5th Regiment, Virginia Cavalry (Confederate)

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*Organized in June 1862, using the [[2nd Battalion, Virginia Cavalry|2nd Battalion Virginia Cavalry as]] its nucleus.  
 
*Organized in June 1862, using the [[2nd Battalion, Virginia Cavalry|2nd Battalion Virginia Cavalry as]] its nucleus.  
 
*It was assigned to W. H. R Lee's, F. Lee's, Lomax's, and Payne's Brigade, Army of Northern Virginia.  
 
*It was assigned to W. H. R Lee's, F. Lee's, Lomax's, and Payne's Brigade, Army of Northern Virginia.  
*The unit participated in the Seven Days' Battles, the Second Manassas and Maryland campaigns, and the conflicts at Fredericksburg, Brandy Station, Upperville, Gettysburg, Bristoe, and Mine Run.
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*On November 9, 1864, it was consolidated with the [[15th_Regiment,_Virginia_Cavalry|15th Virginia Cavalry Regiment]] and redesignated the 5th Regiment Virginia Cavalry Consolidated.  
*Later it was involved at The Wilderness and Cold Harbor, and in Early's Shenandoah Valley operations.
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*On November 9, 1864, it was consolidated with the 15th Virginia Cavalry Regiment and redesignated the 5th Regiment Virginia Cavalry Consolidated.
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*This command took part in the defense of Petersburg and saw action around Appomattox.  
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*Only 150 men were engaged at Gettysburg and 2 surrendered at Appomattox as most cut through the Federal lines and disbanded.  
 
*Only 150 men were engaged at Gettysburg and 2 surrendered at Appomattox as most cut through the Federal lines and disbanded.  
*The field officers were Colonels Reuben B. Boston, H. Clay Pate, and Thomas L. Rosser; Lieutenant Colonel James H. Allen; and Majors Beverly B. Douglas, John Eells, Cyrus Harding, Jr., and John W. Puller.<ref>National Park Service, [http://www.itd.nps.gov/cwss/ The Civil War Soldiers and Sailors System], (accessed 6 December 2010).</ref>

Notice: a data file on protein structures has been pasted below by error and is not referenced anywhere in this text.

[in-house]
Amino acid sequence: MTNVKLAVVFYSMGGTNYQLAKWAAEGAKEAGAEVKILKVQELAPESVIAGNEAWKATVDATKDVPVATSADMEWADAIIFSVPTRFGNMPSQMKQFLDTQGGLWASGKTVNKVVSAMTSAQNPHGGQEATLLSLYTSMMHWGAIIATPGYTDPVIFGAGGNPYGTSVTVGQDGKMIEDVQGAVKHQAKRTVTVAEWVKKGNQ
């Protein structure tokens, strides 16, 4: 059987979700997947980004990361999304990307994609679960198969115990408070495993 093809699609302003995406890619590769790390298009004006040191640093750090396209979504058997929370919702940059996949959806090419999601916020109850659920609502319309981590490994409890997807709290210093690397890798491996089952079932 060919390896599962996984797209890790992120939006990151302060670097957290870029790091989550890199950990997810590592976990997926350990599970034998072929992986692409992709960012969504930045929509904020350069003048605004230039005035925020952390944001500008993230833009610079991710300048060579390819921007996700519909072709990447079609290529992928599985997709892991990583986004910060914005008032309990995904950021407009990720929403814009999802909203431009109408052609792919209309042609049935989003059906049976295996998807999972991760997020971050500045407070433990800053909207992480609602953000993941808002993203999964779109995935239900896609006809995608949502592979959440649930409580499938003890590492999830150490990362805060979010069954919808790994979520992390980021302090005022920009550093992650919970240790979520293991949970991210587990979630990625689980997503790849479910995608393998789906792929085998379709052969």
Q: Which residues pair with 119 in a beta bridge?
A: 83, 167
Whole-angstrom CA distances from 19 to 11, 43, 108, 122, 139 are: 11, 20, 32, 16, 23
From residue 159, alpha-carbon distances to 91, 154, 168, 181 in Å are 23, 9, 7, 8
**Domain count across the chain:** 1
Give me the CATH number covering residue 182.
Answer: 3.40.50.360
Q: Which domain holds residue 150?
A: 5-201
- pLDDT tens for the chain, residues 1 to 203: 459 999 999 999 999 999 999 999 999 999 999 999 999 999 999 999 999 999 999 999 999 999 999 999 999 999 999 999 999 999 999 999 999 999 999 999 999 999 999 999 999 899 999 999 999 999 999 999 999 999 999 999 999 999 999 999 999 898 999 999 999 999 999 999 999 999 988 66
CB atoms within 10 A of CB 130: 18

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*The field officers were Colonels Reuben B. Boston, H. Clay Pate, and Thomas L. Rosser; Lieutenant Colonel James H. Allen; and Majors Beverly B. Douglas, John Eells, Cyrus Harding, Jr., and John W. Puller.<ref>National Park Service, [http://www.itd.nps.gov/cwss/ The Civil War Soldiers and Sailors System], (accessed 6 December 2010).</ref>
  
 
=== Companies in this Regiment with the Counties of Origin  ===
 
=== Companies in this Regiment with the Counties of Origin  ===

Revision as of 00:02, 5 February 2011

Contents

Brief History


Companies

United States Gotoarrow.png  U.S. Military Gotoarrow.png  Virginia Gotoarrow.png   Virginia Military Gotoarrow.png  Virginia in the Civil War Gotoarrow.png   2nd Battalion, Virginia Cavalry

Brief History

  • Organized in June 1862, using the 2nd Battalion Virginia Cavalry as its nucleus.
  • It was assigned to W. H. R Lee's, F. Lee's, Lomax's, and Payne's Brigade, Army of Northern Virginia.
  • On November 9, 1864, it was consolidated with the 15th Virginia Cavalry Regiment and redesignated the 5th Regiment Virginia Cavalry Consolidated.
  • Only 150 men were engaged at Gettysburg and 2 surrendered at Appomattox as most cut through the Federal lines and disbanded.
  • The field officers were Colonels Reuben B. Boston, H. Clay Pate, and Thomas L. Rosser; Lieutenant Colonel James H. Allen; and Majors Beverly B. Douglas, John Eells, Cyrus Harding, Jr., and John W. Puller.[1]

Companies in this Regiment with the Counties of Origin

Men often enlisted in a company recruited in the counties where they lived though not always. After many battles, companies might be combined because so many men were killed or wounded. However if you are unsure which company your ancestor was in, try the company recruited in his county first.

  • The men were from Petersburg and Fairfax, Gloucester, King and Queen, Mathews, Randolph, and James City counties.


Other Sources

National Park Service, The Civil War Soldiers and Sailors System, is searchable by soldier's name and state. It contains basic facts about soldiers on both sides of the Civil War, a list of regiments, descriptions of significant battles, sources of the information, and suggestions for where to find additional information.

References

  1. National Park Service, The Civil War Soldiers and Sailors System, (accessed 6 December 2010).